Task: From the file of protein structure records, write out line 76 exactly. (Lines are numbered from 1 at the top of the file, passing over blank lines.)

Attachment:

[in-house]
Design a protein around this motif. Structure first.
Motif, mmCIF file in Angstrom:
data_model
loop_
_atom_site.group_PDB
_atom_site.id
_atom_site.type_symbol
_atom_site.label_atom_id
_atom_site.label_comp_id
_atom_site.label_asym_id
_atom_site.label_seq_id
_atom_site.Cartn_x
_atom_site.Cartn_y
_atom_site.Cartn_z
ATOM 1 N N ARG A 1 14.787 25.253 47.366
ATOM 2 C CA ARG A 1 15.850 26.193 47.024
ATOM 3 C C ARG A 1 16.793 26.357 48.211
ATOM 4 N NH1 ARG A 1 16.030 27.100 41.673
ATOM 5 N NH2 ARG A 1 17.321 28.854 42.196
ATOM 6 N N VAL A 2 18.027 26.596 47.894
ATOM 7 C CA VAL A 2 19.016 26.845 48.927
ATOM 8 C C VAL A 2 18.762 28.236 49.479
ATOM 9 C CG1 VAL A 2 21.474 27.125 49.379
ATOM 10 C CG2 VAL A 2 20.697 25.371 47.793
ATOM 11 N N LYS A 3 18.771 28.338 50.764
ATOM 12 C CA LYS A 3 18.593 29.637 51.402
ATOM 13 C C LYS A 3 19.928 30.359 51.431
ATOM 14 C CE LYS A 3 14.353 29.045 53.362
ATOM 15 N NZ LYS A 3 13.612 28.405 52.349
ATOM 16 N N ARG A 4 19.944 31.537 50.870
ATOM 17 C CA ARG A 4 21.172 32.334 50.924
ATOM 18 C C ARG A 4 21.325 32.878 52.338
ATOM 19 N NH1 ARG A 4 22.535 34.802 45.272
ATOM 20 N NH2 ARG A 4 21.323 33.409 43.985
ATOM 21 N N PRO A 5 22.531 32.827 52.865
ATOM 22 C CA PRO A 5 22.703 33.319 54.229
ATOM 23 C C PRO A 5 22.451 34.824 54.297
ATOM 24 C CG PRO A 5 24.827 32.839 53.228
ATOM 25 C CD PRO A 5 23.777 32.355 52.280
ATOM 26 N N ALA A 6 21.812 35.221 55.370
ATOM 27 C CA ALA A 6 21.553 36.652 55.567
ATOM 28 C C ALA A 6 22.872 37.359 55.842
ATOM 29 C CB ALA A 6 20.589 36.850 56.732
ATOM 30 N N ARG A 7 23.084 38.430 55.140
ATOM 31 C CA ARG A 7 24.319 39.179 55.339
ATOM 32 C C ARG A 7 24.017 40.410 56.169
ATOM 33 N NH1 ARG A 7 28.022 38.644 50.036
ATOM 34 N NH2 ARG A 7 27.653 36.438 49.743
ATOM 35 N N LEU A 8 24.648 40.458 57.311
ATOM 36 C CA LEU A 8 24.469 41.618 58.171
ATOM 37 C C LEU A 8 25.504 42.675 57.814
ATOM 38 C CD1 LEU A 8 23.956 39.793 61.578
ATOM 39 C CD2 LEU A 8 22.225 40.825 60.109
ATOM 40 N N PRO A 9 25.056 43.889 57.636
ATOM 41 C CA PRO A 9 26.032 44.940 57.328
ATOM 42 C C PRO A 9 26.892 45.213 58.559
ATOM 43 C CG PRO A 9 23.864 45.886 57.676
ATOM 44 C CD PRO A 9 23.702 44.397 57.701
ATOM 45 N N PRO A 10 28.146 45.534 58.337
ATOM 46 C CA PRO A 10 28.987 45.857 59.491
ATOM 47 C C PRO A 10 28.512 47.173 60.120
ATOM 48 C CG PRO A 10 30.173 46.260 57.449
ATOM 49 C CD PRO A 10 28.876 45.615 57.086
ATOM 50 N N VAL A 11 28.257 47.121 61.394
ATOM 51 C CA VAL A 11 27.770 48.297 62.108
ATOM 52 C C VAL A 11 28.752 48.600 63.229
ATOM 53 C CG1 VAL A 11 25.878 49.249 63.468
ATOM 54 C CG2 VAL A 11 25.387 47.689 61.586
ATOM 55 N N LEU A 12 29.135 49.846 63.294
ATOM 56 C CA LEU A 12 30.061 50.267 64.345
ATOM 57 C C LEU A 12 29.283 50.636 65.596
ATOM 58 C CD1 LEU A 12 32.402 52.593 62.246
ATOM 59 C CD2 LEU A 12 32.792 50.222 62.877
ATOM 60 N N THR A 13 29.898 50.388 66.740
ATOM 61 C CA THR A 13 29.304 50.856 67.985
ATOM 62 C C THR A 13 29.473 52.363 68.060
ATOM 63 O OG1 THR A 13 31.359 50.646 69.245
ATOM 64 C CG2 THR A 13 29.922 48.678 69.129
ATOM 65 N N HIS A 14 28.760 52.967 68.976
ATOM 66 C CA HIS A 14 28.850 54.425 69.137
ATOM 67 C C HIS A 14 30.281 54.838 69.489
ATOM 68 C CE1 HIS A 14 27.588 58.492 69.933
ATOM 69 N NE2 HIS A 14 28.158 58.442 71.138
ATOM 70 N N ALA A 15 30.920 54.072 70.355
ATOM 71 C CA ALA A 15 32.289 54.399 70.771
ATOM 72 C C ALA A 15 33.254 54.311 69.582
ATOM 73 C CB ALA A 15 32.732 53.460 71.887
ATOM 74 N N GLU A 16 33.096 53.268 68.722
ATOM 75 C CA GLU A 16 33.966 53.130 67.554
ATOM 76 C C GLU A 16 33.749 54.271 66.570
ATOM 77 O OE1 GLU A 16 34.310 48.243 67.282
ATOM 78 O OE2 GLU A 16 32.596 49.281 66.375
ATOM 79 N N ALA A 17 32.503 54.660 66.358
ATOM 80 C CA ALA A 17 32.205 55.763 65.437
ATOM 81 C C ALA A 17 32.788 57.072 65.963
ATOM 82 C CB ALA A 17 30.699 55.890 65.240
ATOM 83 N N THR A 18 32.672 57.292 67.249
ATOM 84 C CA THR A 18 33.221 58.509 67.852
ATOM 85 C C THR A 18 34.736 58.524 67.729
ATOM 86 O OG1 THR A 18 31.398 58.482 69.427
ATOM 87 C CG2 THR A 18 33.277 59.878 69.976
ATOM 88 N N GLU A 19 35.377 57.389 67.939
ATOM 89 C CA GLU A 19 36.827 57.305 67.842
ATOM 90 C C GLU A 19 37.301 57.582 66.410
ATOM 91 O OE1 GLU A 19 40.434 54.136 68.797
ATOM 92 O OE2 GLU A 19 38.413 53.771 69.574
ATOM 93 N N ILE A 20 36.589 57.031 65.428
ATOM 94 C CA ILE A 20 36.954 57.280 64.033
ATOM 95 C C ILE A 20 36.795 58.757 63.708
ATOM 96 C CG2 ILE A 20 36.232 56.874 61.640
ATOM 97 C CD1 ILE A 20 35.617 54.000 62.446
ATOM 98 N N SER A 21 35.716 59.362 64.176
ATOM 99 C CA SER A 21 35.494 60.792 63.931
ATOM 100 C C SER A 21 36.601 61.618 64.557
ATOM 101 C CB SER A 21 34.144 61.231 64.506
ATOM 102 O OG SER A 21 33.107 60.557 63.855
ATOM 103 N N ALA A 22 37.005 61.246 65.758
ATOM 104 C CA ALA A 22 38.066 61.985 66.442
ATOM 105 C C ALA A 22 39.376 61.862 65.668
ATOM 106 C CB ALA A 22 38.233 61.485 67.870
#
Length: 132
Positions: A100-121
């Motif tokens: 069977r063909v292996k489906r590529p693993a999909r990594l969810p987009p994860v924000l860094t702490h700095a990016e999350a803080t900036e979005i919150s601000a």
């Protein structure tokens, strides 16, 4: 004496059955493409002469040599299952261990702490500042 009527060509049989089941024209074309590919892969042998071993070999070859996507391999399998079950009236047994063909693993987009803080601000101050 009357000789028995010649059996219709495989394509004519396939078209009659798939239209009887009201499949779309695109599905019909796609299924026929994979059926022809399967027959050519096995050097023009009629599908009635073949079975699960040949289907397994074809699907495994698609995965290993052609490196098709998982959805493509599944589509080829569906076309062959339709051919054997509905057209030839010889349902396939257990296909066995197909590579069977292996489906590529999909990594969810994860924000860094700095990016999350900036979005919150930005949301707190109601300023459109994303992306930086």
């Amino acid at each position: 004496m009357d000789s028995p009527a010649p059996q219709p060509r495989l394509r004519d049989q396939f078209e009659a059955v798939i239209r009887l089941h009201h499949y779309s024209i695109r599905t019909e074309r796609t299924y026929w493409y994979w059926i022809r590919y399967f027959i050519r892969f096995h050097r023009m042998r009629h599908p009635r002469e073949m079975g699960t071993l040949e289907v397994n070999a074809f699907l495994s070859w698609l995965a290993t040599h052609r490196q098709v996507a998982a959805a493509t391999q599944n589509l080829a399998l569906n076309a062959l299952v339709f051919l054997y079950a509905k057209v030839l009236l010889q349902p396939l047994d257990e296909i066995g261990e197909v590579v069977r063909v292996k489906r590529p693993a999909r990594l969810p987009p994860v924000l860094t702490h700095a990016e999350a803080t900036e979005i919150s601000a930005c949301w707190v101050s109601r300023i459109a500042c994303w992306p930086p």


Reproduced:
ATOM 61 C CA THR A 13 29.304 50.856 67.985